Photograph of white stone statue of Julian of Norwich. She is holding a book and the title reads 'Revelations of Divine Love'. The statue is ensconced in a stone alcove.

Julian of Norwich (1342–c.1416) wrote about finding love and joy through her faith.

The psychologist and theologian Joanna Collicutt points out that joy is a profoundly social emotion that comes out of secure attachment. Joy is reinforced each time we reconnect with those who love us and who delight in us.

The universal games of peekaboo played with children build both a “tolerance of separation anxiety in the child” and a “store of joyful reunion experiences”, she says in her book ‘The Psychology of Christian Character Formation’. Joy comes out of the reinforcement that the one who loves us is there and delights in us.

Strength in the capacity for joy

So in terms of spiritual joy, we find that it is a byproduct of trust in the ‘parental’ love of God. One who will make things right, in the end, and one whose love for us is continually re-encountered each time we experience the connection through worship, prayer, the beauty of nature, the goodness we see as God-given. The Westminster Catechism, dating back to 1647, defines the “chief aim of man as to glorify God and enjoy him forever”.

There is joy to be found within the ups and downs of life because God is good and God’s perspective on life is eternal. As a child I learned many simple spiritual songs, such as “Joy, joy, joy / With joy my heart is ringing”.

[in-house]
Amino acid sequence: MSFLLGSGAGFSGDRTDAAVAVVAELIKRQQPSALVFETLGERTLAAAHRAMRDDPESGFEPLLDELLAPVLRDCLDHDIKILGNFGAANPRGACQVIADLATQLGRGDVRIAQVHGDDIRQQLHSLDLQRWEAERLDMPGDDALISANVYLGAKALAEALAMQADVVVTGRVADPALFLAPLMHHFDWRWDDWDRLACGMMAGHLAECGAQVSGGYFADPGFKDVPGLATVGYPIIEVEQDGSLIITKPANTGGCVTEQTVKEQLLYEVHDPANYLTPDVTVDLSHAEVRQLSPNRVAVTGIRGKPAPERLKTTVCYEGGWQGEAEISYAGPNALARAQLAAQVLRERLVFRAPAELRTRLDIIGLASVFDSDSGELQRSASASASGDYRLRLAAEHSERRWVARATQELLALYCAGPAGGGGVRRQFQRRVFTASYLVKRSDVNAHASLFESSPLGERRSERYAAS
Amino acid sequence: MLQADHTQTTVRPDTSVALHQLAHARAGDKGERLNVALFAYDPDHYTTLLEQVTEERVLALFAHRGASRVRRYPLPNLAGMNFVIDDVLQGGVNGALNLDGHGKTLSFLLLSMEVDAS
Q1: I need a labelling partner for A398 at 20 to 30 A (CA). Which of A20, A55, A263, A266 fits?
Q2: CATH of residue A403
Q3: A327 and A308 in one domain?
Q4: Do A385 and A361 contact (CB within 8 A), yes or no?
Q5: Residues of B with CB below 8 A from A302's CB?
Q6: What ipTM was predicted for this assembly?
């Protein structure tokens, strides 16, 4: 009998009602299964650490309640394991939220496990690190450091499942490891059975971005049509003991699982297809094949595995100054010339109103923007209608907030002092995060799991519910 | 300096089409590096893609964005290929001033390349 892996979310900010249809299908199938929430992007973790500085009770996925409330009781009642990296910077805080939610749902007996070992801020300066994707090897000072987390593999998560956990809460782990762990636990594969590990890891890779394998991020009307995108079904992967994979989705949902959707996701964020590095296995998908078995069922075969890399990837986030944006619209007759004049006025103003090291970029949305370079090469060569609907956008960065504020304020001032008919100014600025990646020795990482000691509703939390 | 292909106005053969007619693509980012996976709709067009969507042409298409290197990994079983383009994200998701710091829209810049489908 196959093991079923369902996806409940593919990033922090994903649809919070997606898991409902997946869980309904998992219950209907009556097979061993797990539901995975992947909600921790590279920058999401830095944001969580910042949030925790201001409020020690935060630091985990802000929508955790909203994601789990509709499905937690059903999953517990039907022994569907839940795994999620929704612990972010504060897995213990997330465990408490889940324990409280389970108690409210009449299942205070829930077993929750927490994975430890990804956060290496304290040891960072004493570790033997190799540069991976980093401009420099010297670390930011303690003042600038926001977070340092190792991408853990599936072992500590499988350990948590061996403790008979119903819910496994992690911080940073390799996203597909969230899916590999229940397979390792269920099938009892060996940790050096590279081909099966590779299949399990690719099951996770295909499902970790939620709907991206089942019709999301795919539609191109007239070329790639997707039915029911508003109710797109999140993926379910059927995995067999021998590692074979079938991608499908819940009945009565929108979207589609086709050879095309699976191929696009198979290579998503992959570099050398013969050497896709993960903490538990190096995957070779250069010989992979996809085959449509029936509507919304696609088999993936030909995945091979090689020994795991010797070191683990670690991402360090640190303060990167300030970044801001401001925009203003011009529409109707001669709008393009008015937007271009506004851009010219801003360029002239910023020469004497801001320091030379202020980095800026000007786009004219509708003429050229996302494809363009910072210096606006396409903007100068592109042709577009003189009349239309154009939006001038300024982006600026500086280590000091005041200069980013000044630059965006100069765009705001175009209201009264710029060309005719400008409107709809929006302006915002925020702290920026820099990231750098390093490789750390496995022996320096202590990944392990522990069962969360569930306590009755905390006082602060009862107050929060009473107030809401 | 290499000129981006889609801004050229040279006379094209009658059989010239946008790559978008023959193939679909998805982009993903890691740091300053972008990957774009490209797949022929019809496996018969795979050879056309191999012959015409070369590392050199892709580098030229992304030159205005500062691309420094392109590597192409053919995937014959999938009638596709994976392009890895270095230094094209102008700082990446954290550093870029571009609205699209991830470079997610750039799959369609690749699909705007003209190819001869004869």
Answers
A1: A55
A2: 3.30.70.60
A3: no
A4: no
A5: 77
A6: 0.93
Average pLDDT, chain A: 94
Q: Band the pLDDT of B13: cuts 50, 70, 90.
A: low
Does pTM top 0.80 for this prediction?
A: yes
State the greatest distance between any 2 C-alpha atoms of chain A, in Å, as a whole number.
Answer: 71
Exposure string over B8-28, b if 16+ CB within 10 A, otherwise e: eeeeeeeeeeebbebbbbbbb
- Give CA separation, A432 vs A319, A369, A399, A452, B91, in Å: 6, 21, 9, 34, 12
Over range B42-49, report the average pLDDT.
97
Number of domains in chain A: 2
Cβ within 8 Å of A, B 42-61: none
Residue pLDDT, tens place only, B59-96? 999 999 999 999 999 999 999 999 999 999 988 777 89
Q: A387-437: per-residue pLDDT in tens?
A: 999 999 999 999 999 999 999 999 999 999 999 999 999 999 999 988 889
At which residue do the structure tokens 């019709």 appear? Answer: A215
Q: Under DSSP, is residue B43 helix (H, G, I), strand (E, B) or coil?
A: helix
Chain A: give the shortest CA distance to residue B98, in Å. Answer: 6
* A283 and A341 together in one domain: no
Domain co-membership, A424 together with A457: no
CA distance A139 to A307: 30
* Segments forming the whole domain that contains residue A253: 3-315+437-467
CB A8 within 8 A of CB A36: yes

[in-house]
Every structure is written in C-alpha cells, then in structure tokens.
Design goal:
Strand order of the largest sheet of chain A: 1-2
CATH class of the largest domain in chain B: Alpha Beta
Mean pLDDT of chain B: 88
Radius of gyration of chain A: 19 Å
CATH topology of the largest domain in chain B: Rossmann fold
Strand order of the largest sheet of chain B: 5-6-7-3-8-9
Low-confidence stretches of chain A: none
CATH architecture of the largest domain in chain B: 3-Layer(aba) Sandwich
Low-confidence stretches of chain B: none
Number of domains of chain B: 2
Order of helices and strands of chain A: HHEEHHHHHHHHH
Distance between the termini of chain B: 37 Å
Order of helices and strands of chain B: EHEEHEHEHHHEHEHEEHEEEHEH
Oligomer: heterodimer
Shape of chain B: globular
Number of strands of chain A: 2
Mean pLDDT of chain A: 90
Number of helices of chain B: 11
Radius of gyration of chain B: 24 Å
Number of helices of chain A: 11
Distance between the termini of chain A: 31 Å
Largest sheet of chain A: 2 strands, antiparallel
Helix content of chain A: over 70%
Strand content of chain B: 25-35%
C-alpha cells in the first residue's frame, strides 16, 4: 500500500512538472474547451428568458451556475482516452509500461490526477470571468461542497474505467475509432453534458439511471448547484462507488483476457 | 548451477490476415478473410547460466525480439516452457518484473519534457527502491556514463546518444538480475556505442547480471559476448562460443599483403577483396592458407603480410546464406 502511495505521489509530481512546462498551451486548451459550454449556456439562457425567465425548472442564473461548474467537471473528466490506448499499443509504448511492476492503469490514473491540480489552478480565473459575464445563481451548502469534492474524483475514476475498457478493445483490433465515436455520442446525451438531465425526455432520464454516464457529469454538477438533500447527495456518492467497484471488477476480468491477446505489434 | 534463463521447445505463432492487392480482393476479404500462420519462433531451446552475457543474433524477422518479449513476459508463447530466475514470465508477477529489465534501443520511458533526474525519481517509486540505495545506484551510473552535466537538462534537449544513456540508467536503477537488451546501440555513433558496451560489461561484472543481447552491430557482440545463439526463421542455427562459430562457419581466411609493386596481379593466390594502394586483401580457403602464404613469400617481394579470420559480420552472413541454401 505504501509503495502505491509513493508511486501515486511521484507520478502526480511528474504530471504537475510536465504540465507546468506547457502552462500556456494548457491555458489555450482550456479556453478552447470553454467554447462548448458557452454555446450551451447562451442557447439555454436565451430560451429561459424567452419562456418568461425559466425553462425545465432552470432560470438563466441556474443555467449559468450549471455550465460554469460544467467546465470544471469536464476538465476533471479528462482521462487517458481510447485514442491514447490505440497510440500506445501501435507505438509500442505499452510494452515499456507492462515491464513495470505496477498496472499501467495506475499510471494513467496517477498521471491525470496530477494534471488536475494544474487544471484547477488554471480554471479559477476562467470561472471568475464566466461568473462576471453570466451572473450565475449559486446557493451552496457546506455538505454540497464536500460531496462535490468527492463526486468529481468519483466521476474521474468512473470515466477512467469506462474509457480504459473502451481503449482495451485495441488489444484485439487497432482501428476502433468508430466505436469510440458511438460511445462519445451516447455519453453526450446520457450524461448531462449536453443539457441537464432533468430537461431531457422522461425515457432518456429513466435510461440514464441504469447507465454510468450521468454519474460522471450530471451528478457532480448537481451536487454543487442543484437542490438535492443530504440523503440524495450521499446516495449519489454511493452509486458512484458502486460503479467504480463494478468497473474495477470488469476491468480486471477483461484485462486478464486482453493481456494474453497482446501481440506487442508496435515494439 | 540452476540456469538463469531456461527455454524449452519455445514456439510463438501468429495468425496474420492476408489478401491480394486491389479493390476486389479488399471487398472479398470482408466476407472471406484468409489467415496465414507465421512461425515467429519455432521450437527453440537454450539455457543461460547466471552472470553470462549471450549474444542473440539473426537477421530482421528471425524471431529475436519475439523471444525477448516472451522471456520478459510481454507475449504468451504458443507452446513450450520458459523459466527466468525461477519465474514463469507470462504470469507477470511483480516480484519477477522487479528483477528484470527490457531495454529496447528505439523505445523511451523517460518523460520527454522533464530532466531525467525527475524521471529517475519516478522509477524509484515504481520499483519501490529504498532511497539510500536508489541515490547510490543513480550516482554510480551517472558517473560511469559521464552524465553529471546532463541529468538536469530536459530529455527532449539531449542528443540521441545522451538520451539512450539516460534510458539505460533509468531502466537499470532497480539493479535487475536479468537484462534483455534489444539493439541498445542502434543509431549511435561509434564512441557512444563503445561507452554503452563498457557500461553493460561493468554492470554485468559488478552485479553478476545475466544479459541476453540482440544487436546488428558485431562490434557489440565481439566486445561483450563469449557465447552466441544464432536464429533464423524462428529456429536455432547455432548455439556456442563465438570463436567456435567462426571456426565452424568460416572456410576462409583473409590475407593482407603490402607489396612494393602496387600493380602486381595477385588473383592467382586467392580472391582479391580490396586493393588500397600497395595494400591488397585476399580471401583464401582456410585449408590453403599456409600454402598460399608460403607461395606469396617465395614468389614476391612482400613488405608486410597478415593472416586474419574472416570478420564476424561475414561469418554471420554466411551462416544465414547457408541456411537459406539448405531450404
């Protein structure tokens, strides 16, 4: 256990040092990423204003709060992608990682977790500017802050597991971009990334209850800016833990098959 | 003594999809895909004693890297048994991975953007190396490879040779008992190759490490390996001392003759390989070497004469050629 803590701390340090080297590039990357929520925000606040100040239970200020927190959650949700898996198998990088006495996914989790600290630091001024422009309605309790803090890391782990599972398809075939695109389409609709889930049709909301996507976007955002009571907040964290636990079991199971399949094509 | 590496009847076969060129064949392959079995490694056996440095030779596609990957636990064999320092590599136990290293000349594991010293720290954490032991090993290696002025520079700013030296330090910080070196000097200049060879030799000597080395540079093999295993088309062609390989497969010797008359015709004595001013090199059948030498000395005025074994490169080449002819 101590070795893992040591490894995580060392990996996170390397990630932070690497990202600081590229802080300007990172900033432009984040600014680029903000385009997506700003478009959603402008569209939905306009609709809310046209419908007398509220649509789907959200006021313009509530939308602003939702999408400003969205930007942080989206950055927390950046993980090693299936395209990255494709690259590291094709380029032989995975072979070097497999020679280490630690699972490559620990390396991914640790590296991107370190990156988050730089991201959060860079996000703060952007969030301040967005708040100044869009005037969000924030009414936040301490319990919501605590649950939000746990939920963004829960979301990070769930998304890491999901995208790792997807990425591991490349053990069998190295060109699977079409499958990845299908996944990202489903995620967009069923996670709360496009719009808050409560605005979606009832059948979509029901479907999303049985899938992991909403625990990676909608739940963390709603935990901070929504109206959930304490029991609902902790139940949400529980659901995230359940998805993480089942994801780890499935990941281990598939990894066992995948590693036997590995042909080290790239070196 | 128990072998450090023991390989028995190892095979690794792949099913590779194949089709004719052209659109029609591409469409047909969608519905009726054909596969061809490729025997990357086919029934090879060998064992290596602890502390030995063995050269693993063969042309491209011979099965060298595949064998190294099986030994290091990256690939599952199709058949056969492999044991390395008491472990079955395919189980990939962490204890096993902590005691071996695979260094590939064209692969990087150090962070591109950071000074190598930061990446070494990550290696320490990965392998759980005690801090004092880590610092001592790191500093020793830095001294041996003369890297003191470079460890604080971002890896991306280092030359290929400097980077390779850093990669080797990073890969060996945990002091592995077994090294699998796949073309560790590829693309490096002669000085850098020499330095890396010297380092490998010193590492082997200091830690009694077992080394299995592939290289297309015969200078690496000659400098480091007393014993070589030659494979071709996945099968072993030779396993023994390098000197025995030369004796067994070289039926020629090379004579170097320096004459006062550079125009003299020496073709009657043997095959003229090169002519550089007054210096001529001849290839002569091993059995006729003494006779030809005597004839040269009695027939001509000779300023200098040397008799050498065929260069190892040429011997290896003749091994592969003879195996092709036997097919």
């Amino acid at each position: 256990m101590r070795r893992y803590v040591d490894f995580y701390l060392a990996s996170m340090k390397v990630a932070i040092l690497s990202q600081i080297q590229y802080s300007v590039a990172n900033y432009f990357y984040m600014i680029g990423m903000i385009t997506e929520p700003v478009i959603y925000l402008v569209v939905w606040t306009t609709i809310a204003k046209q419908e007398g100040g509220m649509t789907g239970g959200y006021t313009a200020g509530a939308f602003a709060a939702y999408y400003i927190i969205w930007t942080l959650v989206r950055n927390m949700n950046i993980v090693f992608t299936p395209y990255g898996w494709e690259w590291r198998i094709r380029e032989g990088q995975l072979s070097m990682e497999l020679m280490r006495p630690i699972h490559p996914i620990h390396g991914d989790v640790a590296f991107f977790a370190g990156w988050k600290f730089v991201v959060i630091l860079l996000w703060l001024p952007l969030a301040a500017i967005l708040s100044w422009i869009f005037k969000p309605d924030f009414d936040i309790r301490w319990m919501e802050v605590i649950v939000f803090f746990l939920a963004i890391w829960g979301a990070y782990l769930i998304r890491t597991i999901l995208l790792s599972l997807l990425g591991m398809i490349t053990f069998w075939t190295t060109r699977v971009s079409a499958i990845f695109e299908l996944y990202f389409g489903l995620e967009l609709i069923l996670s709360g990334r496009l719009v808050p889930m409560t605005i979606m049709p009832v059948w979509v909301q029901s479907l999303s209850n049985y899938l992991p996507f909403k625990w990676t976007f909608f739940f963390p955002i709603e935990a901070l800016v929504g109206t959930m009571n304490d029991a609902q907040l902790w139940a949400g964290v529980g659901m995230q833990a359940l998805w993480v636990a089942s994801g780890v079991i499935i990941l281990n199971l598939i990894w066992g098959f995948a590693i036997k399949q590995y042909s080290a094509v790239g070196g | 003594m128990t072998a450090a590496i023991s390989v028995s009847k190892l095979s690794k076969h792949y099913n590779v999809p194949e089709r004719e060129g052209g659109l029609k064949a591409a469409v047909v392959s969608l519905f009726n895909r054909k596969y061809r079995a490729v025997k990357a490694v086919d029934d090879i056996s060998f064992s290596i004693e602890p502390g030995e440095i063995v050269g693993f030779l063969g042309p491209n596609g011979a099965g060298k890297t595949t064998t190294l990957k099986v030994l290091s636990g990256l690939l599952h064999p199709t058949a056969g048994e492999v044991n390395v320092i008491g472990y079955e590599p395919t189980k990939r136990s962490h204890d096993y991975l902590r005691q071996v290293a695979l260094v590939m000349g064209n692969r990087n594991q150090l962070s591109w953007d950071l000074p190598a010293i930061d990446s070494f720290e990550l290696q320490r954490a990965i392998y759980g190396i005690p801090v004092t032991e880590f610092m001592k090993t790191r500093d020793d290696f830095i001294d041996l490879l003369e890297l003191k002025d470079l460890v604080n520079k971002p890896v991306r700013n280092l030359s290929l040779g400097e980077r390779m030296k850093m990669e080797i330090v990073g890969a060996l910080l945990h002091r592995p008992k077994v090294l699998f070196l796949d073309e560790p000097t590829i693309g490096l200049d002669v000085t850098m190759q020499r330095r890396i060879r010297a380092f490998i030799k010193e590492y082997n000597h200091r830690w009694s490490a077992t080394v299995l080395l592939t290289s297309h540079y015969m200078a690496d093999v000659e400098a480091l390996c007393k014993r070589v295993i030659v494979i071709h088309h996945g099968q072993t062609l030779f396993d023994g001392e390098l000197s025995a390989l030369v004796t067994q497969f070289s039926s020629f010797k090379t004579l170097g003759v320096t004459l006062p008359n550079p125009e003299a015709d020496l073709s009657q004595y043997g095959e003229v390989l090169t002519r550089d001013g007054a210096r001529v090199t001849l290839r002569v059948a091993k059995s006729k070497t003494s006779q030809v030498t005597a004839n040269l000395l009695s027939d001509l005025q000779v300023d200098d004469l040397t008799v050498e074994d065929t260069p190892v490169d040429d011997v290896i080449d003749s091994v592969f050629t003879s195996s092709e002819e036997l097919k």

‘Joy, joy, joy’ is a Sunday-school favourite for Christian children.

Throughout my life, with times of blessing and times of adversity, the capacity to find joy in my faith has been a strength to enable me to cope well and to help others weather the storms.

Pollyanna does not underestimate the traumas of the world. She is an orphan who has known loss, poverty, displacement and disappointment. She has learned to trust in God and look for a perspective in life that helps her to live hopefully amidst all that she cannot control rather than falling into despair and bitterness at the unfairness of life.

The Glad Game does not diminish the reality of suffering; instead, it is a strength that opens up the possibility of joy.

About the contributors

Black and white headshot of Emma Percy

Dr Emma Percy

Author

Emma Percy is Chaplain of Trinity College Oxford. She was one of the first women ordained in the Church of England and continues to work for women’s full inclusion in the Church. She is a feminist practical theologian and is currently looking at the virtue of fortitude as a kind of spiritual resilience.

Black and white head and shoulders portrait of Jemma Leigh.

Jem Clancy

Artist

Jem is a visual and movement artist based in Leeds. She is passionate about dance and art as a means to communicate and connect with others. As a disabled artist she is particularly keen to embrace and promote diversity and inclusion throughout her work, in all processes and product. She is currently an associate artist with the Tetley Art Gallery and works at Northern Ballet supporting the Academy and the delivery of Ability, a weekly training course for adults with learning disabilities, in the Learning team.